The membrane protein seizure 6–like (SEZ6L) is a neuronal substrate of the Alzheimer’s disease protease BACE1, and little is known about its physiological function in the nervous system. Here, we show that SEZ6L constitutive knockout mice display motor phenotypes in adulthood, including changes in gait and decreased motor coordination. Additionally, SEZ6L knockout mice displayed increased anxiety-like behaviour, although spatial learning and memory in the Morris water maze were normal. Analysis of the gross anatomy and proteome of the adult SEZ6L knockout cerebellum did not reveal any major differences compared to wild type, indicating that lack of SEZ6L in other regions of the nervous system may contribute to the phenotypes observed. In summary, our study establishes physiological functions for SEZ6L in regulating motor coordination and curbing anxiety-related behaviour, indicating that aberrant SEZ6L function in the human nervous system may contribute to movement disorders and neuropsychiatric diseases.
The protease β-site APP cleaving enzyme 1 (BACE1; also known as β-secretase) has fundamental functions in the nervous system, both under physiological and pathophysiological conditions. BACE1 is highly expressed in neurons and contributes to various physiological processes in the nervous system, including myelination, axon targeting and homeostasis of synapses [1, 2]. BACE1 is also linked to pathophysiological processes, in particular to Alzheimer’s disease where it is a major drug target because it cleaves the amyloid precursor protein (APP) and catalyzes the first step in the generation of the amyloid β peptide, a key pathogenic agent in Alzheimer’s disease . BACE1-targeted inhibitors have advanced to phase 3 trials for Alzheimer’s disease. However, several of them, unexpectedly, induced side effects, including mild cognitive decline and psychiatric symptoms as well as an increased number of falls [4,5,6,7], pointing to potential defects in motor coordination. The molecular basis of the side effects is largely unknown, but they may result from too strongly inhibiting the cleavage of one or more of the numerous BACE1 substrates . This issue needs to be resolved before clinical trials with BACE inhibitors are resumed. To date, the functions and consequences of BACE1 cleavage have only been studied for selected BACE1 substrates, such as type III neuregulin-1, Ig-containing β1 neuregulin, seizure protein 6 (SEZ6), close homolog of L1 (CHL1) and Aη, an APP-derived peptide [9,10,11,12,13,14,15,16].
For many other substrates and substrate candidates of BACE1, relatively little is known about their physiological function and how it may be altered through BACE1 cleavage. One of them is SEZ6-like (SEZ6L, also known as brain-specific receptor-like protein B (BSRP-B)), which forms a protein family with SEZ6 and SEZ6L2 that are also cleaved by BACE1 [9, 10, 17]. SEZ6L is broadly expressed in the murine brain, including in the neocortex and hippocampus as well as in the cerebellum [10, 17, 18], where SEZ6L is expressed in Purkinje and granule cells and in interneurons in the molecular layer of the cerebellum . Given the strong expression of SEZ6L in the cerebellum, which contributes to motor coordination, SEZ6L may be involved in motor control in mice. In fact, mice lacking all three SEZ6 family members (SEZ6 triple knockout (KO) or TKO mice) have motor coordination deficits on the rotarod and cognitive deficits [17, 18]. These phenotypes appear less pronounced or absent for the single knockout mice of the SEZ6 family , suggesting that the three SEZ6 family members may have partially redundant functions although detailed analyses of an independently generated SEZ6 single KO mouse line revealed specific defects in motor coordination and cognition . SEZ6L single KO mice have not yet been investigated in depth.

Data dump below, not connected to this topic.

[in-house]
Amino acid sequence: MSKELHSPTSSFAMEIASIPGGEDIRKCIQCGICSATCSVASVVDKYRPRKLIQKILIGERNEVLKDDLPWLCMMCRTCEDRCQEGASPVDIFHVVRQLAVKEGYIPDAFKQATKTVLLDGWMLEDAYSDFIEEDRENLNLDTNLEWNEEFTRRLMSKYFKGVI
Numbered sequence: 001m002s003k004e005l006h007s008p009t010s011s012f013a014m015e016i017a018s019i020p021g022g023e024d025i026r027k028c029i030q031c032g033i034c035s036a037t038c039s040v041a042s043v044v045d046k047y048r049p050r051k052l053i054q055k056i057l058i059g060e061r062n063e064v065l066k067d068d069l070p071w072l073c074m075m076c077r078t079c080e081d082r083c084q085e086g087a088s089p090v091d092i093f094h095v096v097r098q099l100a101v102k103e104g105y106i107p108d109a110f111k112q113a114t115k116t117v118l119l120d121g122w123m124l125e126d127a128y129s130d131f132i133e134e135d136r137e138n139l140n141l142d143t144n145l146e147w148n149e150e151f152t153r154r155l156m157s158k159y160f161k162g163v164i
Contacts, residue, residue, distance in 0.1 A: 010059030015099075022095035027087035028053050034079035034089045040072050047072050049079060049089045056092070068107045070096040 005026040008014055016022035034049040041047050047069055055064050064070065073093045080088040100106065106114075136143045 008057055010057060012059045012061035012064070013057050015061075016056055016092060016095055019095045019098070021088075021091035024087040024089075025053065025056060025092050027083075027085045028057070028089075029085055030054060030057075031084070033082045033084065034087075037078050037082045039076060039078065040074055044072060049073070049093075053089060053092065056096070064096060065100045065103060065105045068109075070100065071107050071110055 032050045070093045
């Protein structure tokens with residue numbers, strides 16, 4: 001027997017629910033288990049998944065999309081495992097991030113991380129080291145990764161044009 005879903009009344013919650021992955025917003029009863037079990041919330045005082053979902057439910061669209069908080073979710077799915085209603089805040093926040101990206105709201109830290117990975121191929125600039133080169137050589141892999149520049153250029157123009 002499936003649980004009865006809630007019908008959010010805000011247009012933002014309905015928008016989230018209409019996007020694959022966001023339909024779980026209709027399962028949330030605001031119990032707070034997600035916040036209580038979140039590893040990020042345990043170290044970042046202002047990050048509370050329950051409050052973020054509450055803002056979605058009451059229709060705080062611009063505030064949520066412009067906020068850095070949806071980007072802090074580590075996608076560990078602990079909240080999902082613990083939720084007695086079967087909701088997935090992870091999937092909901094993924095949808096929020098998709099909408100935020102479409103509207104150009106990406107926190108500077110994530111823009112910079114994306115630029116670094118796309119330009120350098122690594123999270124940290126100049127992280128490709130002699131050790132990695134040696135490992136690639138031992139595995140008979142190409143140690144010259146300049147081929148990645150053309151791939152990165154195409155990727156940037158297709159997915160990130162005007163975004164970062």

Here, we provide a detailed behavioural analysis of SEZ6L KO mice. We report that SEZ6L deficiency does not lead to major changes in the anatomy or proteome of the cerebellum. The lack of SEZ6L does induce specific deficits in motor functions as well as altered stress-responsive behaviour, although memory functions are not affected.
Methods and Materials
Mice were group-housed in standard conditions in the animal facility of the University of Melbourne. All experimental procedures accorded with the Australian Code of Practice for the Care and Use of Animals for Scientific Purposes and were approved by the Animal Ethics Committee of the University of Melbourne. Wild-type (WT), SEZ6L heterozygous (het) and SEZ6L knockout (KO) mice on a 129 × C57BL/6 background  were obtained from heterozygous matings. Additional WT and SEZ6L KO mice were housed in the pathogen-free animal facility of the Center for Stroke and Dementia Research (CSD) in Munich, Germany. Mouse work in the CSD was performed according to the European Communities Council Directive (86/609/EEC) and was approved by the committee responsible for animal ethics of the government of Upper Bavaria (02-19-067).
Immunohistochemistry of the Cerebellum